If for some reason the spot calls for a fade out, this can easily be done in the edit suite. Editors cannot, however, undo a fadeout and create an ending that isn’t there. Its uber-important to put a nice intentional button ending (or sting) on every song you want to be pitched for sync. Trust me.
Tip #3: Clean Versions
We all love edgy music from time to time, amirite? Suggestive lyrics and gratuitous f-bombs are tons of fun at the adults only pool party.
But brands? No way. Brands like to play it safe so they can reach the widest pool of potential consumers possible. Sure, you can get some swears in a film with a PG-13 or higher rating, or even on a late night cable comedy. But if you really want to maximize your chances for sync, you should have a clean version readily available. That doesn’t mean add a BLEEP sound over every bad word. That gets annoying real quick. That means either replace it or drop the word altogether in the mix.
Tip #4: Whoa Oh Oh’s
You may have noticed (if you haven’t, you will now) that a ton of commercial spots use songs that feature some sort of “Oooo” “Whoa” or “Ahh” in lieu of actual lyrics. This makes sense because it allows the spot to avoid any lyrics that may compete with the brand’s message while also maintaining the vocal element that ‘legitimizes’ the song. It can also add an extra layer of energy.
Tip #5: Not Too Specific Lyrics
Now this is a tricky one. Not to sound like a broken record, but you shouldn’t set out to write a song specifically for sync. Give us truth. Give us authenticity. Just don’t give us the full name, description, and backstory of your long lost love. Keep it 100.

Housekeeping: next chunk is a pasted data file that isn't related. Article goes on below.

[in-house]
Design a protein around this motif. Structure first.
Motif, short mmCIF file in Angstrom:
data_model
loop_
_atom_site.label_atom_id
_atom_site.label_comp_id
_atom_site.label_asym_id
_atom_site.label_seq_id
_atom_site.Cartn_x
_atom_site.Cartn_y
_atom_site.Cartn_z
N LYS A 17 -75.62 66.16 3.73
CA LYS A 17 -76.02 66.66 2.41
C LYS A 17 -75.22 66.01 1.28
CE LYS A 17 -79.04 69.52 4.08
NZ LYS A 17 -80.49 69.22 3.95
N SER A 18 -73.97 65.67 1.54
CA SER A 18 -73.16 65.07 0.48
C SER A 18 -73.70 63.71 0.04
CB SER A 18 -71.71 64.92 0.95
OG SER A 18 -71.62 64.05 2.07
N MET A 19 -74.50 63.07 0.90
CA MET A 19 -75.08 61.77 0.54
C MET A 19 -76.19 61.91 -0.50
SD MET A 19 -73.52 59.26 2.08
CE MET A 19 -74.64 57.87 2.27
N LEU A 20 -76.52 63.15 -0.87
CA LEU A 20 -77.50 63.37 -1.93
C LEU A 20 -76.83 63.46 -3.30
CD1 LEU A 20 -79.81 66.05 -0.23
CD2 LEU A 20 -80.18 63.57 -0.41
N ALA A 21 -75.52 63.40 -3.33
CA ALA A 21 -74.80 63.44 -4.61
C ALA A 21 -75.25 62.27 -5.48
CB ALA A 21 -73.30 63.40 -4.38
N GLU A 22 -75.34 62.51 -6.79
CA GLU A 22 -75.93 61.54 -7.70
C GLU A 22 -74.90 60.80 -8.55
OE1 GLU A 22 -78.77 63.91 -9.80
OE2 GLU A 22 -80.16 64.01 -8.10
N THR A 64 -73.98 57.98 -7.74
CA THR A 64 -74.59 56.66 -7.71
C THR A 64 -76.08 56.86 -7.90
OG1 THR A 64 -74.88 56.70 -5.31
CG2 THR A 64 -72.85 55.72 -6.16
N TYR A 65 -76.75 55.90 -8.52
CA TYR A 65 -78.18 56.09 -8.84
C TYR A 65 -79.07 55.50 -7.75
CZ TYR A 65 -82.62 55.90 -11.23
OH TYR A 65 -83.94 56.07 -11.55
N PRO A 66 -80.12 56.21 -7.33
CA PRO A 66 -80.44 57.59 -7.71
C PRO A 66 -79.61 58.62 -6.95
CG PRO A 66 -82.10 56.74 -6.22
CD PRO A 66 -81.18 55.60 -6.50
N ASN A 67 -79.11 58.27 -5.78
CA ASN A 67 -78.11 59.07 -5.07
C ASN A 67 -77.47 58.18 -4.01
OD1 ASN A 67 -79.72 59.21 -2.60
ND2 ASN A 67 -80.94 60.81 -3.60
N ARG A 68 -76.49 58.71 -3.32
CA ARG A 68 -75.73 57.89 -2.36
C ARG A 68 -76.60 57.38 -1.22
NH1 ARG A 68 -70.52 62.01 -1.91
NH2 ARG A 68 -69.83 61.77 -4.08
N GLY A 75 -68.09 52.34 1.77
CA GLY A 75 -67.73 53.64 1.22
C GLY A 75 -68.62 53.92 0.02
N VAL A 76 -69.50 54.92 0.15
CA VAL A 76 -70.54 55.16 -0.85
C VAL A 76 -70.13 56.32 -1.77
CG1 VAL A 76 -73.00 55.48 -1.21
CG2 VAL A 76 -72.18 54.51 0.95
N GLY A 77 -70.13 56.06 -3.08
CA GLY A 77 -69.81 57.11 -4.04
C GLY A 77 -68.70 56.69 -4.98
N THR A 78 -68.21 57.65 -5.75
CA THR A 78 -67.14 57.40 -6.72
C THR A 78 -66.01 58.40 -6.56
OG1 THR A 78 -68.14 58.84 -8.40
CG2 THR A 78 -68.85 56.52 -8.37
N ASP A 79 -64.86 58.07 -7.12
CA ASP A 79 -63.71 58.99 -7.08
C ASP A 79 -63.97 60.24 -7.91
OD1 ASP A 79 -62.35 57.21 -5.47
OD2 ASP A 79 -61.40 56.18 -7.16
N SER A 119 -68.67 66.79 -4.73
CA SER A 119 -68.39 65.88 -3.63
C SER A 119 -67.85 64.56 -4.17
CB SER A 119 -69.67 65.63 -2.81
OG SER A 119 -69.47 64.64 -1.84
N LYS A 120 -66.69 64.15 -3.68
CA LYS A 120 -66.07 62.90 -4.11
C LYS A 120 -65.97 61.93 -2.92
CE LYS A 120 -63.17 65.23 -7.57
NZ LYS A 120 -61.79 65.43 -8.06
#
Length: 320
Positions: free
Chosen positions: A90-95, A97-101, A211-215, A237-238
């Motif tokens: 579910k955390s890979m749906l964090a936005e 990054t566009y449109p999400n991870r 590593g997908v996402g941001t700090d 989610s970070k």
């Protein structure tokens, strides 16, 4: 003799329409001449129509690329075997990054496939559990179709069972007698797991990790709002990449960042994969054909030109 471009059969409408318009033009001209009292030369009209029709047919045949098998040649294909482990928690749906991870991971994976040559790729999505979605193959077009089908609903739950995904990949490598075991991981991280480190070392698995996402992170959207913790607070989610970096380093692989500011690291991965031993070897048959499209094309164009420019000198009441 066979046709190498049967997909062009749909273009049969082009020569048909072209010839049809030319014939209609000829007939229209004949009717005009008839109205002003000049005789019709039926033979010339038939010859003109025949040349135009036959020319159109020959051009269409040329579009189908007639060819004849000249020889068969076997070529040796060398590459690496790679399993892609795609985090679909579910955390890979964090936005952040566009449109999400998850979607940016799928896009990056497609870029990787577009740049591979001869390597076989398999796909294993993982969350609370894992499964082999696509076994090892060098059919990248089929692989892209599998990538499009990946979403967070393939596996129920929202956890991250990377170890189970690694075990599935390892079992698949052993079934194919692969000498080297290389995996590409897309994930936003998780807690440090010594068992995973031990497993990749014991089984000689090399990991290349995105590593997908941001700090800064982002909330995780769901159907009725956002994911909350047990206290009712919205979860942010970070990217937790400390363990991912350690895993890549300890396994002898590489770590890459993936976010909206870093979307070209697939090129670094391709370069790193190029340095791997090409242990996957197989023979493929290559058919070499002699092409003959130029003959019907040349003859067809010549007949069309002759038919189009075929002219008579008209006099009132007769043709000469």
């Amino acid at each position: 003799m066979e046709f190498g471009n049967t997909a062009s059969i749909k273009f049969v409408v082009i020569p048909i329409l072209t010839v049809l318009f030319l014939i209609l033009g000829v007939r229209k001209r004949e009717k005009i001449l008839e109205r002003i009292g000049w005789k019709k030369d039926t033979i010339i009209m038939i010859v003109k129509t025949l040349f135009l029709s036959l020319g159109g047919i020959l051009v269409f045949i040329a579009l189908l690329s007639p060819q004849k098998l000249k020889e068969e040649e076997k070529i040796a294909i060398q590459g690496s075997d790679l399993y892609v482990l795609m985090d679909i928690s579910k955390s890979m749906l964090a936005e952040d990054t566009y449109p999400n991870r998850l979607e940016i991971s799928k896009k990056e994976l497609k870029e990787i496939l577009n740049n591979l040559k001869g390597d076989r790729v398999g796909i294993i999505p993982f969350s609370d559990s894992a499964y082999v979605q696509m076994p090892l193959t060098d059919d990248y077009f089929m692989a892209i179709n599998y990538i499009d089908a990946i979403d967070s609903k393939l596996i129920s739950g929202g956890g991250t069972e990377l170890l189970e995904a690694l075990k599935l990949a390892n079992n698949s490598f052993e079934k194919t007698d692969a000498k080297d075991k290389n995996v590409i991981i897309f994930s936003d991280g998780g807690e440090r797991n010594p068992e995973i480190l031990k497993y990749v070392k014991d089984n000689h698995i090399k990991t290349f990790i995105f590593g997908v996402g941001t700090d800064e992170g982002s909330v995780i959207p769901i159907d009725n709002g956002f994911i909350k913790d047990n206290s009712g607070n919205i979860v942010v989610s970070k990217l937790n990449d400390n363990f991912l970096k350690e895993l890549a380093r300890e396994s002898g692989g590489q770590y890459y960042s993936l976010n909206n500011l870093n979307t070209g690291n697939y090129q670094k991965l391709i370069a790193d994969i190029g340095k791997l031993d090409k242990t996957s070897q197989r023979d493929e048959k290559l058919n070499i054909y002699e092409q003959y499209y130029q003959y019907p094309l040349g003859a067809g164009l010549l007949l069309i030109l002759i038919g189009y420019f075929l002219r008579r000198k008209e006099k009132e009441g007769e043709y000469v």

It’s great to write lyrics that are personal and close to the heart. However, if your lyrics are too specific, it may hurt your chances for sync.
Lets say a soup brand is looking for the perfect song to go along with their new flavor: New England HAM Chowder. They want to find a song that reflects the warm and comforting nature of soup. You happen to have a song in your catalog “Warmth.” The lyrics go something like, “Last winter, up in Maine, We sat by the fire hand in hand, the bluest eyes, shake my core, I love you Margaret, you make me warm…” Bro, that’s not gonna work for soup.
Meanwhile Johnny Syncsalot submits his song called “Comfort.” He lands the placement because his lyrics were emotive, yet vague enough that they could pass for being about soup, “Oooo I’ve been waiting for this, and I can’t get it out of my mind. Home is where I want to be, and now your comfort is mine.”
That could be about soup, a dog, bed sheets, a shower, etc. Lyrics like this can be applied to a number of different things because they are so vague about what the subject is.
Just something to think about next time you put the pen to paper.
Tip #6: Dynamics – Never Loop
A repetitive track gets boring really quickly. Having a song that’s dynamic and has lots of peaks and valleys will set your music apart from others.
The people who actually lay the music to picture often look for what they call “edit points.” These are moments within the song where the mood, intensity, or energy takes a turn.
Lets say you have a scene in a film where a young athlete is struggling to finish her race. Her legs are tired and she’s falling behind the other runners. The song in the background is pulsing, and tense, matching the pace and mood of the scene. Then, just as she’s about to give up and quit, she sees her coach in the stands. The coach gives her a look like “C’mon, you can DO THIS. ” At that moment she finds sudden second wind and pushes herself to speed up for one last lap. The music pivots intensity and is now triumphant and optimistic, yet still the same song. She makes it over the finish line and gets her gold medal.